Investigation launched after teenager dies after 999 trust sends ambulance to the wrong address

Elouise Keeling

Elouise Keeling - Credit: Archant

A mother spoke of her devastation after her teenage daughter died following ambulance response delays caused by paramadics being sent to the wrong address.

An investigation has been launched by the East of England Ambulance Service following the death of 14-year-old Elouise Keeling last month.

The teenager died whilst at an Air Cadet meeting at RAF Brampton in Cambridgeshire on Tuesday, June 25, after suffering an asthma attack.

The 14-year-old, who lived with her family in Grafham Road, Ellington, Cambridgeshire, was unconscious when the ambulance arrived and despite attempts of paramedics to revive her, she was pronounced dead at the scene.

An ambulance was called at 7.44pm, but Miss Keeling's family said it was sent to RAF Wyton, seven miles away, by mistake.

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Her mother Karen Keeling said the error meant another ambulance to had to be sent.

She said that the second ambulance arrived at 8.03pm – giving a response time more than double the eight minute nationally set target.

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Mrs Keeling, 33, said: 'Ellie called me herself to say that she had bad asthma and when I got there she was unconscious. We definitely know that the ambulance went to RAF Wyton and when the second one was sent it only took four minutes to get to Brampton.'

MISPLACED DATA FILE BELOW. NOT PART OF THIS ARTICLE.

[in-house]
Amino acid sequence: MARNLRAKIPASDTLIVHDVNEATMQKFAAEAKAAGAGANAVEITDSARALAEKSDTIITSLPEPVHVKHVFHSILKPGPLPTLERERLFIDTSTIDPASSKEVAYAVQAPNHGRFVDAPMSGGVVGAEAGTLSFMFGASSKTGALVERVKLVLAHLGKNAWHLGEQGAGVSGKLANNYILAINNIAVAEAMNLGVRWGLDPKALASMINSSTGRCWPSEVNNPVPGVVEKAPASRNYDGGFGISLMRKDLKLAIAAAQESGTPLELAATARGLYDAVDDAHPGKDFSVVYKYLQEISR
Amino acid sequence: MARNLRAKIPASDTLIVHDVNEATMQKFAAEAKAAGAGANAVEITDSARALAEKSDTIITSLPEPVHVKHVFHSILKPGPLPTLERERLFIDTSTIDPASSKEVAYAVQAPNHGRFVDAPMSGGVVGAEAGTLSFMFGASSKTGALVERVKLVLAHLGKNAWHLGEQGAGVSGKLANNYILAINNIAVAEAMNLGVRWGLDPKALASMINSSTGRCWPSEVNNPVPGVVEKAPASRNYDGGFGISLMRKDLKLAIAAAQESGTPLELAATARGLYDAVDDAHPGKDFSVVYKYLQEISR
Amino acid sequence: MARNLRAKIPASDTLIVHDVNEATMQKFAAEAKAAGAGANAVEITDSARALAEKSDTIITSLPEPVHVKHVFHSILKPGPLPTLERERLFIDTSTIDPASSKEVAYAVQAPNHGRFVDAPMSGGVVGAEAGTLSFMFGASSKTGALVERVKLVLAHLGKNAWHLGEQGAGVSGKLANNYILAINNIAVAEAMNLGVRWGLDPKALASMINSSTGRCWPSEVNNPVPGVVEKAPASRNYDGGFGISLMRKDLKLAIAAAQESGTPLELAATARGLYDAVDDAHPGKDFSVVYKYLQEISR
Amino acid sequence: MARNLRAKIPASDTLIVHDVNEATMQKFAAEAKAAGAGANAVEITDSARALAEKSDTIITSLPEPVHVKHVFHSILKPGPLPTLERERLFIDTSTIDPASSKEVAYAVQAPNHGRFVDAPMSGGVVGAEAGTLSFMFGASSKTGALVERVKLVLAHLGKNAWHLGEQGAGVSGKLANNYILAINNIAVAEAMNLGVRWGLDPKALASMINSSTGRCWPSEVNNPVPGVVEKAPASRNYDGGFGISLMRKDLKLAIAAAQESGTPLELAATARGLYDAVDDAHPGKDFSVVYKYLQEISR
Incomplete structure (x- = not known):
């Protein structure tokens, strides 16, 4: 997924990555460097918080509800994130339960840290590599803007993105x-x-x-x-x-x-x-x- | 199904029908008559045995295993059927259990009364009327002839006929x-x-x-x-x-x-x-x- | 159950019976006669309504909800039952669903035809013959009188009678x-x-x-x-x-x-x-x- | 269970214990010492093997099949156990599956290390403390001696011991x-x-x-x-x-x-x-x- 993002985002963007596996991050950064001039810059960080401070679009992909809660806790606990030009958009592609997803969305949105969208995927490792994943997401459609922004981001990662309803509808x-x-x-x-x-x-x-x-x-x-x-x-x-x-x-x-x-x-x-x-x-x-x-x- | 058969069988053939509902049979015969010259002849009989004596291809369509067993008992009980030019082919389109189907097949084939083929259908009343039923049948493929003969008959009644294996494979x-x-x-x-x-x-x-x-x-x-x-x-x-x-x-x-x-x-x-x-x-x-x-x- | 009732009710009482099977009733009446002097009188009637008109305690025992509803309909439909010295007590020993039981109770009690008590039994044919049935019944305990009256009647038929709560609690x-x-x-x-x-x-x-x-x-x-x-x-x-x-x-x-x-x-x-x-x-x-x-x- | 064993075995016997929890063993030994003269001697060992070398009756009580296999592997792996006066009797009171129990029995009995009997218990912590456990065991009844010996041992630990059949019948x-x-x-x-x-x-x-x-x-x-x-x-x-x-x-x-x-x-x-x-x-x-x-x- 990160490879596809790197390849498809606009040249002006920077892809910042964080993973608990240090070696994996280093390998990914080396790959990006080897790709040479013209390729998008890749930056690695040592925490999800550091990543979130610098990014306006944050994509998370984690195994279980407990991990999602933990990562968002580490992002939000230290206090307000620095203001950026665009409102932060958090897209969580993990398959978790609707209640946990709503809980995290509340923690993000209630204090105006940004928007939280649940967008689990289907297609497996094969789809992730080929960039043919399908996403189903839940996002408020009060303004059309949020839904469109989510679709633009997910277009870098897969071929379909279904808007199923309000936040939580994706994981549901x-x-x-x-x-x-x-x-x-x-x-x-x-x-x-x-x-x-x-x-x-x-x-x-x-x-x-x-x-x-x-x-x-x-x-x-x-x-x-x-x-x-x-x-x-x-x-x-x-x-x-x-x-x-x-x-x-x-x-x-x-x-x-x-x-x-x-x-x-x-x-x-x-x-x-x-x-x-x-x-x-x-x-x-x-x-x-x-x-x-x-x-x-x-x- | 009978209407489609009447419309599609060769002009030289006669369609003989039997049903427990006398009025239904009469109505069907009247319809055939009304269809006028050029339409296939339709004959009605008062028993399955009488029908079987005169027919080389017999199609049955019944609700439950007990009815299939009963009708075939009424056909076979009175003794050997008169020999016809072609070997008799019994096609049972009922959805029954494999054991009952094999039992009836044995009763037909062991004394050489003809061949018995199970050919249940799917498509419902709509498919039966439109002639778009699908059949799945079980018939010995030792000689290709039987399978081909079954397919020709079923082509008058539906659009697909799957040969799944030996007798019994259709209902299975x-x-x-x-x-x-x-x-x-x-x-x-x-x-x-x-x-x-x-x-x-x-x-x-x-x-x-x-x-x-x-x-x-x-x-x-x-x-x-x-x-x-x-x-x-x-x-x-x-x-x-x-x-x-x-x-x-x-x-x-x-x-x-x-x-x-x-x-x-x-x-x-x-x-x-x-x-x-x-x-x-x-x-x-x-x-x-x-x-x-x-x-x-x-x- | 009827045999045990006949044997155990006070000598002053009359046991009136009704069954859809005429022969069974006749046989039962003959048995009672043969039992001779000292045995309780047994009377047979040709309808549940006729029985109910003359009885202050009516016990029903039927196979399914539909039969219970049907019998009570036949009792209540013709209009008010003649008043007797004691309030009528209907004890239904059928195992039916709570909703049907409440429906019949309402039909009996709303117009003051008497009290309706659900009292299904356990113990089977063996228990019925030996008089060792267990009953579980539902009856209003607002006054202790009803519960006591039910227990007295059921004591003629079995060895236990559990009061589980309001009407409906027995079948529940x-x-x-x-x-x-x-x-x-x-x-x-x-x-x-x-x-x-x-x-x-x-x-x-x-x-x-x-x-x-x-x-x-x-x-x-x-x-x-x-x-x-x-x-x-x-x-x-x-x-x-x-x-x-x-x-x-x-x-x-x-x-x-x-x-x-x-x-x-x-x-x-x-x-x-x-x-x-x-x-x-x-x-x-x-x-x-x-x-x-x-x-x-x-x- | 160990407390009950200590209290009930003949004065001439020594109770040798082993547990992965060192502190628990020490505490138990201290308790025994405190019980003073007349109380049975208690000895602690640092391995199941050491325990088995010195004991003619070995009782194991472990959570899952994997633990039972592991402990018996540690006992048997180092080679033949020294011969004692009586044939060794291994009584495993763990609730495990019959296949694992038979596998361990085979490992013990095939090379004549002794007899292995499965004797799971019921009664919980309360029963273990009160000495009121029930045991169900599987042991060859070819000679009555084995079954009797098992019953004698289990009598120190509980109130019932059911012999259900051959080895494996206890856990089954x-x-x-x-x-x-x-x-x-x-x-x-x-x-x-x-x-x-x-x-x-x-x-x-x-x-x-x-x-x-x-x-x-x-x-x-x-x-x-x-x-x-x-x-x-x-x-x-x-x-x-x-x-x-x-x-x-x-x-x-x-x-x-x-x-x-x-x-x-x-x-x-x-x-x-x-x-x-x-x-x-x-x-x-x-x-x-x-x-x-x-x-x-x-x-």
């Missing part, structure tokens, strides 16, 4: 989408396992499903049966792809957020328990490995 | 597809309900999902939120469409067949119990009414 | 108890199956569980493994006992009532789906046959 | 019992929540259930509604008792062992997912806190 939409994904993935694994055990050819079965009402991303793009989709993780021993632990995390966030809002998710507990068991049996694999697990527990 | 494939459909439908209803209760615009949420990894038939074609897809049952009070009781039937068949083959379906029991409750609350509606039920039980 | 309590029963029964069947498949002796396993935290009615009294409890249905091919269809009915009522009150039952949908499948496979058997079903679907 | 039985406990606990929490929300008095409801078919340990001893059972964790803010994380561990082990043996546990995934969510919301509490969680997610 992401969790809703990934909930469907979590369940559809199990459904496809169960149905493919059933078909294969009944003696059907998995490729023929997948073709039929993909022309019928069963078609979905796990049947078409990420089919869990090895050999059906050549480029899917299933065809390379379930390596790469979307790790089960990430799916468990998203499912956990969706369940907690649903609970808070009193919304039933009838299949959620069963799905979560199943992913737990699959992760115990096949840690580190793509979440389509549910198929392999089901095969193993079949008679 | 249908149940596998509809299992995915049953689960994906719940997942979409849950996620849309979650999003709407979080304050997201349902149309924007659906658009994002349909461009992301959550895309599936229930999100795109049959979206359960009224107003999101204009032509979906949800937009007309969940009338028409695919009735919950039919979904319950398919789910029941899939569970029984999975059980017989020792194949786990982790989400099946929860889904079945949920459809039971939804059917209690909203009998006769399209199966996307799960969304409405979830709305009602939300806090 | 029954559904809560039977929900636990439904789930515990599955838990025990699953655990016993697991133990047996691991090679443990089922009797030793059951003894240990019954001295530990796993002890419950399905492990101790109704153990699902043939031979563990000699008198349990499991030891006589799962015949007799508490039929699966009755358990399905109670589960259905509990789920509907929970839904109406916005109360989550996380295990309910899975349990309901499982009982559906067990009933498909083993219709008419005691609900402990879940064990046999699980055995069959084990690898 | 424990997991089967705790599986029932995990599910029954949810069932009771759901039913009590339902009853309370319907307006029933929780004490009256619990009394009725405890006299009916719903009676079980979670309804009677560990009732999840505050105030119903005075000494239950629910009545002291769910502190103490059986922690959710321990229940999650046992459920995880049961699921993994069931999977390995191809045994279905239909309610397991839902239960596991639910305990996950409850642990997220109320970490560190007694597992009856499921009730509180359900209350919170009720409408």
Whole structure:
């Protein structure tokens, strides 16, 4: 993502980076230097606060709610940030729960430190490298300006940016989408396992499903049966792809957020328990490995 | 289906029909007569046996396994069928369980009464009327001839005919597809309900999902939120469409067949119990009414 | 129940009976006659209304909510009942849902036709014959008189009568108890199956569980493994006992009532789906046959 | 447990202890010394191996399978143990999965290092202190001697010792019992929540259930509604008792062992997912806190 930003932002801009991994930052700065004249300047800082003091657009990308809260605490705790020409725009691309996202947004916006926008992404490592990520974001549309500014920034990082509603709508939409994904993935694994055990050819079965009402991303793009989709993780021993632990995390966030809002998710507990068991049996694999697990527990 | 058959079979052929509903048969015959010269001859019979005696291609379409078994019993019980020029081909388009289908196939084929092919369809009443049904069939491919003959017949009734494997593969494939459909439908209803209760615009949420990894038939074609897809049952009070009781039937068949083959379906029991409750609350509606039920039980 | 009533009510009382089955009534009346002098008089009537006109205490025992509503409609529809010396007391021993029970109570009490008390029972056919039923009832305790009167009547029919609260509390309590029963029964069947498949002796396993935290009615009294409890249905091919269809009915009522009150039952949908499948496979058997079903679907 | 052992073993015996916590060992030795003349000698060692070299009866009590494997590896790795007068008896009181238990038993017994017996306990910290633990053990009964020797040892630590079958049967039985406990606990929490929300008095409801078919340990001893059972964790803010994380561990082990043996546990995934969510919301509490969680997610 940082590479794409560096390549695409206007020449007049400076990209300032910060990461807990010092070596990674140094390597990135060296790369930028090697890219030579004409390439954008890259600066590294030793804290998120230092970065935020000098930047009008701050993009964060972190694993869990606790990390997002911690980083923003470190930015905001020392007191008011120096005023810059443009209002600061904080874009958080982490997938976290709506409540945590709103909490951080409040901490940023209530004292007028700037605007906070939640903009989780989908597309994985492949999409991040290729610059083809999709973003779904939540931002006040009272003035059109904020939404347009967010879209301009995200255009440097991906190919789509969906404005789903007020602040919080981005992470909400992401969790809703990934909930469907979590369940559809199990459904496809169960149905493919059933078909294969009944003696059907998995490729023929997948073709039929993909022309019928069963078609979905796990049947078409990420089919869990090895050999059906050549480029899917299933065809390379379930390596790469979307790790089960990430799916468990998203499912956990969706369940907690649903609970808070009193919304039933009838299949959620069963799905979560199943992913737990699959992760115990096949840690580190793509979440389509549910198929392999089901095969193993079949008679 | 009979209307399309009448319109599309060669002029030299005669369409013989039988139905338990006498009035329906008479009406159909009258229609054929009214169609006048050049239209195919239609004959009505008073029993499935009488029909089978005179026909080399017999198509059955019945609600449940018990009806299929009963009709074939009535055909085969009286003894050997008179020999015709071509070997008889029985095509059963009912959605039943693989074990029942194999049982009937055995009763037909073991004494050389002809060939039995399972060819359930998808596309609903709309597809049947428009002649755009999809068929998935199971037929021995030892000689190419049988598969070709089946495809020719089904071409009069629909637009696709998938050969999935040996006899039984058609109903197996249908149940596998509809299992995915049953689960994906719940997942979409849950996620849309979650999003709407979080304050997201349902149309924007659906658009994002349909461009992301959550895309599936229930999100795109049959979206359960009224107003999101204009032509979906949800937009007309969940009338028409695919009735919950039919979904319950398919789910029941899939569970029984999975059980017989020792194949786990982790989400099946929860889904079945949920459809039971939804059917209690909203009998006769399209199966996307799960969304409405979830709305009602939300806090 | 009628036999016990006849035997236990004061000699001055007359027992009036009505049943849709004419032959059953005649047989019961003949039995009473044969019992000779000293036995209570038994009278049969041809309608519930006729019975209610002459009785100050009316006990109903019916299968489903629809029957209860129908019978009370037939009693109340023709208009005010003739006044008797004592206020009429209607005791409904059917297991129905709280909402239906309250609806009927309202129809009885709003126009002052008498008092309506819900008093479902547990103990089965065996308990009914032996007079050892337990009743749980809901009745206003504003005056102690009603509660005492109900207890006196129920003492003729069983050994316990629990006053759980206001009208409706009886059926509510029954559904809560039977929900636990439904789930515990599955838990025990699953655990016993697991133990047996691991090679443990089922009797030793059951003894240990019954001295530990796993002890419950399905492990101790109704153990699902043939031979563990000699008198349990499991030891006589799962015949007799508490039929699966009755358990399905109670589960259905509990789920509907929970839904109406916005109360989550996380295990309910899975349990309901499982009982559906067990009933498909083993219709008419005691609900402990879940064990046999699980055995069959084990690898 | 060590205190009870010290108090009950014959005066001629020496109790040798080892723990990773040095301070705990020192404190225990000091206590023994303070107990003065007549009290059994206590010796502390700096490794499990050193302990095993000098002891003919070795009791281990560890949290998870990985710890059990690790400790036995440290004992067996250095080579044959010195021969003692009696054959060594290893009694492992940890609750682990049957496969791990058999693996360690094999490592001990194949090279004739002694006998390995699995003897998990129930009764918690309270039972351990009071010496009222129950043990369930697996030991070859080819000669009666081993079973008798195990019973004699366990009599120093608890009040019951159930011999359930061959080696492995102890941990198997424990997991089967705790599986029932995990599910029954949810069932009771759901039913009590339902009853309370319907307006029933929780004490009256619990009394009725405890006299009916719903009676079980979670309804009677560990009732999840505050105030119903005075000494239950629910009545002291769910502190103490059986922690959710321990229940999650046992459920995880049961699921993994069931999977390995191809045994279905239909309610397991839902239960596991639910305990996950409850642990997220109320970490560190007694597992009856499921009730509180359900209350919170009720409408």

She added: 'We are absolutely devastated and heartbroken at the loss of Elouise and our lives will never be the same without her. All we want now is justice and to make sure that nobody has to go through what we have again.'

When RAF Brampton closed in April last year many of its operations moved over to RAF Wyton, with the Brampton Camp's address now listed under RAF Wyton's postcode on the base's website.

A spokesman from the ambulance trust said that no further details of the incident could be revealed until the findings of the investigation were completed.

The spokesman said: 'The reason that the incident is being investigated is that it is classed as a potentially serious incident – the basic definition of which is an incident where a failing in an ambulance service process could have potentially led to further harm to a patient.'

'The incident is currently undergoing a full internal investigation. The patient's family are aware of this and are being kept fully informed throughout the process.'

Elouise, who had asthma from the age of 18 months, was described by her mother as a 'bright, happy and healthy young girl'.

Her family thanked the 350 people who attended Elouise's funeral in Ellington on July 5, where a walk took place from the village green to the church where she was buried.

An inquest was opened and adjourned shortly after Elouise's death.

The East of England Ambulance Service has been heavily criticised over response delays over the last year. More than 50 serious incidents were recorded in 2012/13 where patients died or serious harm was caused by the NHS trust failing in its duties.

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